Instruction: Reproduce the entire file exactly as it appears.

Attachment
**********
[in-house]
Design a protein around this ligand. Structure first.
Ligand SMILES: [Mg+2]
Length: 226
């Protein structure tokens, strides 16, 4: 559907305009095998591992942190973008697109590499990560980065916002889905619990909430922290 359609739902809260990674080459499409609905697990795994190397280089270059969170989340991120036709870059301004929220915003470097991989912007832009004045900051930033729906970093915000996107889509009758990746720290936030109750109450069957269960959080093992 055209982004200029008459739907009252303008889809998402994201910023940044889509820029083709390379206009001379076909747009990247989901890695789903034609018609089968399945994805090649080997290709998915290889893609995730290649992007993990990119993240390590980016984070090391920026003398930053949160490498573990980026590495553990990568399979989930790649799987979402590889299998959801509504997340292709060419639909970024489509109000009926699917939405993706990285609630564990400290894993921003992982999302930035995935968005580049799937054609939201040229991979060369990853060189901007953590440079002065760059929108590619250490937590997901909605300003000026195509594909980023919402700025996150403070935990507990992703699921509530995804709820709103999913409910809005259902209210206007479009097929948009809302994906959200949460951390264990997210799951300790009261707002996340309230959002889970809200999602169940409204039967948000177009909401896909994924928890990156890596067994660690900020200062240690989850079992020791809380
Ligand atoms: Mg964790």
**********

[in-house]
Design a protein around this ligand. Structure first.
Ligand SMILES: [Mg+2]
Length: 226
């Protein structure tokens, strides 16, 4: 559907305009095998591992942190973008697109590499990560980065916002889905619990909430922290 359609739902809260990674080459499409609905697990795994190397280089270059969170989340991120036709870059301004929220915003470097991989912007832009004045900051930033729906970093915000996107889509009758990746720290936030109750109450069957269960959080093992 055209982004200029008459739907009252303008889809998402994201910023940044889509820029083709390379206009001379076909747009990247989901890695789903034609018609089968399945994805090649080997290709998915290889893609995730290649992007993990990119993240390590980016984070090391920026003398930053949160490498573990980026590495553990990568399979989930790649799987979402590889299998959801509504997340292709060419639909970024489509109000009926699917939405993706990285609630564990400290894993921003992982999302930035995935968005580049799937054609939201040229991979060369990853060189901007953590440079002065760059929108590619250490937590997901909605300003000026195509594909980023919402700025996150403070935990507990992703699921509530995804709820709103999913409910809005259902209210206007479009097929948009809302994906959200949460951390264990997210799951300790009261707002996340309230959002889970809200999602169940409204039967948000177009909401896909994924928890990156890596067994660690900020200062240690989850079992020791809380
Ligand atoms: Mg964790």